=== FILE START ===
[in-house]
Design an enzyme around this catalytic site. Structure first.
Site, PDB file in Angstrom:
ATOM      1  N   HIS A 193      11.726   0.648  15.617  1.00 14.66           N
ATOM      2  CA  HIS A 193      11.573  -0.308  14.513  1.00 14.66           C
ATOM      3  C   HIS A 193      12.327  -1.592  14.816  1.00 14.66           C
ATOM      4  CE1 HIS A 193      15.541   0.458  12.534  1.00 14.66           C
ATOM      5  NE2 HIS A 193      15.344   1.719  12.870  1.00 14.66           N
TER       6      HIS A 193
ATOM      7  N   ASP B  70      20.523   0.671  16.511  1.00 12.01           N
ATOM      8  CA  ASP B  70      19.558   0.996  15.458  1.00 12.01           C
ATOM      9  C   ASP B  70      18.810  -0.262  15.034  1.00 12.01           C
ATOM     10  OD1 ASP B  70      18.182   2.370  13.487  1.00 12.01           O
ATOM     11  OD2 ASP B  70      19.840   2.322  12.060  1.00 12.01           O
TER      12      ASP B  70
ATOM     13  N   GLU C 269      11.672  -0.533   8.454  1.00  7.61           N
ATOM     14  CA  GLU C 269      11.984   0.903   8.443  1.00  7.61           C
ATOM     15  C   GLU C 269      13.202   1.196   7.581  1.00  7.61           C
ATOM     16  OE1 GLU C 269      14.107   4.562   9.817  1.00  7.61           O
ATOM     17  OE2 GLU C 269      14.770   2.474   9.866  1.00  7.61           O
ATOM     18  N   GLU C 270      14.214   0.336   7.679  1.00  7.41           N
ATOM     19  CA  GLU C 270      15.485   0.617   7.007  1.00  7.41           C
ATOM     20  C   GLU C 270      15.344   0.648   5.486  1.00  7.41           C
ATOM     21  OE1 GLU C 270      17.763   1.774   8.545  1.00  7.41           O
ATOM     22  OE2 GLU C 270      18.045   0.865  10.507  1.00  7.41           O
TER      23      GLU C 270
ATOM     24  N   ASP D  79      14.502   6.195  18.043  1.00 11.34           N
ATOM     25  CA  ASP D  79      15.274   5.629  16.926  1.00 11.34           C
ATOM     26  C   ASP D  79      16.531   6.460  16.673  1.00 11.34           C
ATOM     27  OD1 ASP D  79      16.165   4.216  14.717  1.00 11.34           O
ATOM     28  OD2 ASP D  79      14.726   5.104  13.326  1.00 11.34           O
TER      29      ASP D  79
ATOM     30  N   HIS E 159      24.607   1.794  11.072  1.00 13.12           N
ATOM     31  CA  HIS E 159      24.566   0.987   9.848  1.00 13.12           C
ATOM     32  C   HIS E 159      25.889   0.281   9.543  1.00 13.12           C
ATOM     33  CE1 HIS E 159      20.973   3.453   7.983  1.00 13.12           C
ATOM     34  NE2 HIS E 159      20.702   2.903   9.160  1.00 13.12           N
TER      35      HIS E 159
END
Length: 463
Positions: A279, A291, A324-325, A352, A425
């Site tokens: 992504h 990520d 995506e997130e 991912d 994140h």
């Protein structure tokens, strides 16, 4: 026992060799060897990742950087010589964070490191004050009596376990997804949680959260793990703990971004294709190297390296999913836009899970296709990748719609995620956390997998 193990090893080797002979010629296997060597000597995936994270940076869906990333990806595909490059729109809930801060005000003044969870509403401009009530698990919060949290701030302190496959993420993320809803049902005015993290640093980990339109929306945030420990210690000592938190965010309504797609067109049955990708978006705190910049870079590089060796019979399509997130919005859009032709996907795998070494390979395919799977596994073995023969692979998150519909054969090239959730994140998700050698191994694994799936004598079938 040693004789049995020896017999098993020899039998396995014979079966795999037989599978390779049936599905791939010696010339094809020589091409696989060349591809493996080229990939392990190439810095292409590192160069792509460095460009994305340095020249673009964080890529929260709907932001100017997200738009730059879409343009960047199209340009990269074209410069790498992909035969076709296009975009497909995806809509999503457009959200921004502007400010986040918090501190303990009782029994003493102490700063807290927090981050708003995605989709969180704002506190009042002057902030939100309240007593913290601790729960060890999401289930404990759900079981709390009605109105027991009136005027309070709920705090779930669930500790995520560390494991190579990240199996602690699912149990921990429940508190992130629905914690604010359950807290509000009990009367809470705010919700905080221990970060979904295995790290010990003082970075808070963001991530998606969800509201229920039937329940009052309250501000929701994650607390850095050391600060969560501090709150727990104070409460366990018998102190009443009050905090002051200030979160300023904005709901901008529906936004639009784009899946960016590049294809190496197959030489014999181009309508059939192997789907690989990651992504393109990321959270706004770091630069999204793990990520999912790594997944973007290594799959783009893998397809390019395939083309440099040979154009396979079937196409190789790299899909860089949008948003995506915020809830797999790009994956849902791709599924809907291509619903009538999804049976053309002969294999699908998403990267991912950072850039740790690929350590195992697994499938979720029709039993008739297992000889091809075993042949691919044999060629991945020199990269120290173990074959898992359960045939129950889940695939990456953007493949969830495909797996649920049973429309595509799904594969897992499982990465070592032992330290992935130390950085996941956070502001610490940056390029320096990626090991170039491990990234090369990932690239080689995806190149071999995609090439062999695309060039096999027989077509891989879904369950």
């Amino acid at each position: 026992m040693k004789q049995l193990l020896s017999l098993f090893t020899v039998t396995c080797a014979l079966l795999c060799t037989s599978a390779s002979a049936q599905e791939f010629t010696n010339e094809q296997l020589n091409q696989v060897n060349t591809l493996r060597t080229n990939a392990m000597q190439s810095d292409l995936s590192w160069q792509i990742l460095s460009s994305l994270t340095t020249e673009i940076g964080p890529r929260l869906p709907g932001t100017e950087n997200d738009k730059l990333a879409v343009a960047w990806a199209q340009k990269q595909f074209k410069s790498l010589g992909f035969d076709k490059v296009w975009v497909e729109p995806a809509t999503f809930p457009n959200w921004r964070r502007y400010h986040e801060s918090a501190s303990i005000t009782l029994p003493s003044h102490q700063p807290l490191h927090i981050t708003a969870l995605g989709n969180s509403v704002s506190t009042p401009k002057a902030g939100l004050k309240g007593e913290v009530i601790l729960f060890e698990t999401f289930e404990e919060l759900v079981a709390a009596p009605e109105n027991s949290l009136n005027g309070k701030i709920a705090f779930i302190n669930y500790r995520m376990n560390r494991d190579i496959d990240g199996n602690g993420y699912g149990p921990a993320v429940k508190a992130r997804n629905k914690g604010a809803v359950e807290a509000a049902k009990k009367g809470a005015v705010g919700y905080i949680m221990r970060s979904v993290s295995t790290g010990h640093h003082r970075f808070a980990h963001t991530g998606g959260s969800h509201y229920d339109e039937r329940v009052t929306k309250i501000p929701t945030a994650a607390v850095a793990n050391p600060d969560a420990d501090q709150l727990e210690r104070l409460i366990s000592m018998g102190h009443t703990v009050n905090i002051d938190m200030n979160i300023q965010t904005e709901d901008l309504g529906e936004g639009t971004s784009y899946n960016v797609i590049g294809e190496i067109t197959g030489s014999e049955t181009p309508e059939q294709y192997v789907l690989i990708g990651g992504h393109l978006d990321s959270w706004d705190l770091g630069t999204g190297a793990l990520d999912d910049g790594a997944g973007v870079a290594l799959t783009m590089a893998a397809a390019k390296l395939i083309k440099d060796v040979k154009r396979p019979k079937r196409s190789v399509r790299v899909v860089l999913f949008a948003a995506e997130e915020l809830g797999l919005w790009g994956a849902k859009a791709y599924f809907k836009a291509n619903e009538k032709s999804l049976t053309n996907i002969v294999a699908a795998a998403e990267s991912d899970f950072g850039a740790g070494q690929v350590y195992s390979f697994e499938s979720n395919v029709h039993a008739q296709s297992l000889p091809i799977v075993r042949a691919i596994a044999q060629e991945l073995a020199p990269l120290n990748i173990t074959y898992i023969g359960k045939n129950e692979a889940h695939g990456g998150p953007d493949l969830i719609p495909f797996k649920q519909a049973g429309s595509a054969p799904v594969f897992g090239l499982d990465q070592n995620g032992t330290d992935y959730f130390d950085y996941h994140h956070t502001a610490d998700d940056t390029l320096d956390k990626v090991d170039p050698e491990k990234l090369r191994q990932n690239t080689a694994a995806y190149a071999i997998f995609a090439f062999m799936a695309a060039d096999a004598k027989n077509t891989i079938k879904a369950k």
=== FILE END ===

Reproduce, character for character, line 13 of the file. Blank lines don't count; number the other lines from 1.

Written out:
ATOM     10  OD1 ASP B  70      18.182   2.370  13.487  1.00 12.01           O